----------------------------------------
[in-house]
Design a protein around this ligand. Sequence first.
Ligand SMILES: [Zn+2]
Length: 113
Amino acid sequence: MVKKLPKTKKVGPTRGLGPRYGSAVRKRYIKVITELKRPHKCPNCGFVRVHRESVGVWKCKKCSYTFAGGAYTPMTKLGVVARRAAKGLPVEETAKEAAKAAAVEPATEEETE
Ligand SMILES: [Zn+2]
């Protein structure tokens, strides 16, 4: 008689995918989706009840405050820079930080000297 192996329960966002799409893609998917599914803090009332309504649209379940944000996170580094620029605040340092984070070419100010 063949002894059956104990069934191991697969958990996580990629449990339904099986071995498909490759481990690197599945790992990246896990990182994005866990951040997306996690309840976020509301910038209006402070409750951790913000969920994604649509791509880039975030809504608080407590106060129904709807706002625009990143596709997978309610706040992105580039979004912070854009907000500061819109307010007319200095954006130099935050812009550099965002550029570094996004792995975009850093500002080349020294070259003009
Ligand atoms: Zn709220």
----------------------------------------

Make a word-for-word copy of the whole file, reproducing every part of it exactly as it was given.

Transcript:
[in-house]
Design a protein around this ligand. Sequence first.
Ligand SMILES: [Zn+2]
Length: 113
Amino acid sequence: MVKKLPKTKKVGPTRGLGPRYGSAVRKRYIKVITELKRPHKCPNCGFVRVHRESVGVWKCKKCSYTFAGGAYTPMTKLGVVARRAAKGLPVEETAKEAAKAAAVEPATEEETE
Ligand SMILES: [Zn+2]
């Protein structure tokens, strides 16, 4: 008689995918989706009840405050820079930080000297 192996329960966002799409893609998917599914803090009332309504649209379940944000996170580094620029605040340092984070070419100010 063949002894059956104990069934191991697969958990996580990629449990339904099986071995498909490759481990690197599945790992990246896990990182994005866990951040997306996690309840976020509301910038209006402070409750951790913000969920994604649509791509880039975030809504608080407590106060129904709807706002625009990143596709997978309610706040992105580039979004912070854009907000500061819109307010007319200095954006130099935050812009550099965002550029570094996004792995975009850093500002080349020294070259003009
Ligand atoms: Zn709220």